Definitions

from The American Heritage® Dictionary of the English Language, 4th Edition

  • n. A line of English verse composed in iambic hexameter, usually with a caesura after the third foot.
  • n. A line of French verse consisting of 12 syllables with a caesura usually falling after the sixth syllable.
  • adj. Characterized by or composed in either of these meters.

from Wiktionary, Creative Commons Attribution/Share-Alike License

  • n. A line of poetic meter having twelve syllables, usually divided into two or three equal parts.
  • n. An Alexandrine parrot or parakeet.

from the GNU version of the Collaborative International Dictionary of English

  • adj. Belonging to Alexandria; Alexandrian.
  • n. A kind of verse consisting in English of twelve syllables.

from The Century Dictionary and Cyclopedia

  • Same as Alexandrian, 1.
  • n. In prosody, an iambic hexapody, or series of six iambic feet.

from WordNet 3.0 Copyright 2006 by Princeton University. All rights reserved.

  • n. (prosody) a line of verse that has six iambic feet

Etymologies

French alexandrin, from Old French, from Alexandre, title of a romance about Alexander the Great that was written in this meter.
(American Heritage® Dictionary of the English Language, Fourth Edition)

Examples

  • The 6-stress line is called the alexandrine (probably from the name of an Old French poem in this metre).

    The Principles of English Versification

  • a poem of twenty thousand lines (to the form of which this romance gave its name -- "alexandrine" verse), the work of Lambert le Tort and

    A History of French Literature Short Histories of the Literatures of the World: II.

  • William Carlos Williams' poem is structured into three verses, but it is basically three alexandrine 12-syllable lines, which makes it an extremely easy form to follow.

    This Is Just To Say

  • The present sewer is a beautiful sewer; the pure style reigns there; the classical rectilinear alexandrine which, driven out of poetry, appears to have taken refuge in architecture, seems mingled with all the stones of that long, dark and whitish vault; each outlet is an arcade; the Rue de Rivoli serves as pattern even in the sewer.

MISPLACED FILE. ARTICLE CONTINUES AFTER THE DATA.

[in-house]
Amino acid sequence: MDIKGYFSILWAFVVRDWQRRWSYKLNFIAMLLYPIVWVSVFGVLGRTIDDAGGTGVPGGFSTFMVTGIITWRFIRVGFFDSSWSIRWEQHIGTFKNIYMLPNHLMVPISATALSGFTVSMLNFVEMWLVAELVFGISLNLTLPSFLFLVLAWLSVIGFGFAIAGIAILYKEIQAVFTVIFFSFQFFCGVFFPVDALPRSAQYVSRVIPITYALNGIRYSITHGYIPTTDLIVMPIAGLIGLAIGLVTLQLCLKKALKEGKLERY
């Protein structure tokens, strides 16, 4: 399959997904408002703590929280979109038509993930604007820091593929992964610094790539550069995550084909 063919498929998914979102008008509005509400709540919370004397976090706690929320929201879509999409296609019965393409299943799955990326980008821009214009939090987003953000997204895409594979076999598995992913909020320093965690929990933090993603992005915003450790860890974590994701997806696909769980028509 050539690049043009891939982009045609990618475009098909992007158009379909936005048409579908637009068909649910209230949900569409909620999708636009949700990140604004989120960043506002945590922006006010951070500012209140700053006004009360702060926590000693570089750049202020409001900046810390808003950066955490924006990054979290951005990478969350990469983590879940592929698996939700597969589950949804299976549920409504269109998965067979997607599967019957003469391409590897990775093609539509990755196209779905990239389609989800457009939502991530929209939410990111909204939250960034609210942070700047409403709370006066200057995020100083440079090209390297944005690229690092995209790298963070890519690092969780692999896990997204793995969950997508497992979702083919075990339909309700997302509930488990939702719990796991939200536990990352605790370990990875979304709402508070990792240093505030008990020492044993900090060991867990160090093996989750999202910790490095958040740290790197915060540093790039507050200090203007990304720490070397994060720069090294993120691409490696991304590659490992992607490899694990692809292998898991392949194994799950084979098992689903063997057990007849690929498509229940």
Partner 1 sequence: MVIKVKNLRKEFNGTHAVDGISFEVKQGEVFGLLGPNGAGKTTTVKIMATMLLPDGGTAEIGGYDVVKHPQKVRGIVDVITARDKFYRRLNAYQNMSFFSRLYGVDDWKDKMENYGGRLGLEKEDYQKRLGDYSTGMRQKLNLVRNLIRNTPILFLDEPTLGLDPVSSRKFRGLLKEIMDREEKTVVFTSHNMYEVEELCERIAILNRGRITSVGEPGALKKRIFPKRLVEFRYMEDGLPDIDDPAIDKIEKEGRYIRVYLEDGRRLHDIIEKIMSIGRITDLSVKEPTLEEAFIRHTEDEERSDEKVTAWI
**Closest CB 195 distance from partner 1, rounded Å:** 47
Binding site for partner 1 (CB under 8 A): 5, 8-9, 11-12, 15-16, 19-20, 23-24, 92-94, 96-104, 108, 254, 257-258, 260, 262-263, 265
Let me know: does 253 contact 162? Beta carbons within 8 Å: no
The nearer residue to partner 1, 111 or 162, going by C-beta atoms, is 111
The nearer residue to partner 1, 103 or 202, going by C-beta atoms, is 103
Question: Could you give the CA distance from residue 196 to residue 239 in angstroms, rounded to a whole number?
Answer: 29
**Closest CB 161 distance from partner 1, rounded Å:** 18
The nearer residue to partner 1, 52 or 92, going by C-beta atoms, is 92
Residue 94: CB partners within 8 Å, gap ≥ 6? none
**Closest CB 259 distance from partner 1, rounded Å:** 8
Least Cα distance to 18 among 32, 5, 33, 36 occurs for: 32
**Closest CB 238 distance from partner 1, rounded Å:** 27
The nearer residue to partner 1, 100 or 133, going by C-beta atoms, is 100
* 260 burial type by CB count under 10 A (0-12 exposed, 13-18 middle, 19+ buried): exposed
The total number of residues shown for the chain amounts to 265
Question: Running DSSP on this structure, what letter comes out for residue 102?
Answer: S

Les Miserables

  • Hear, hear; that's the first thing about poetry I remember learning--the alexandrine verse--its soft and hard accents--"aloft, I laughed."

    Surviving Yet Another Day

  • Too many marching alexandrine feet for me, pieds, like the pied in the Pied Piper or the Piedmont, but not impediment, though I once saw a man wearing a pedometer the Lone Ranger had sent him.

    Poetic Justice

  • One day I learned in school about an alexandrine--and even today I still remember that an alexandrine was a type of poem some oldtimer wrote honoring Alexander the Great--and how an alexandrine fit a certain pattern based on syllabic time counted by iambs and I'll be damned if I learned where the caesuras go.

    Poetic Justice

  • But Jonathan's a smart cookie and up on his old-time as well as modern poetry; I saw him discussing the alexandrine in one of his posts.

    Surviving Yet Another Day

  • Yet there will be found some instances where I have completely failed in this attempt, and one, which I here request the reader to consider as an erratum, where there is left, most inadvertently, an alexandrine in the middle of a stanza.

    The Complete Poetical Works of Percy Bysshe Shelley

  • It would not have surprised me to learn that I must subtract at least half a dozen syllables from that portentous phrase to reduce it to alexandrine dimensions.

    The Guermantes Way

Comments

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  • (n): a line of six iambic feet that is often used to conclude a work written in heroic couplets.

    "Then, at the last and only couplet fraught | With some unmeaning thing they call a thought, | A needless Alexandrine ends the song, | That like a wounded snake, drags its slow length along." --Alexander Pope

    (n): a line of twelve syllables that is the dominant form of French verse.

    January 17, 2009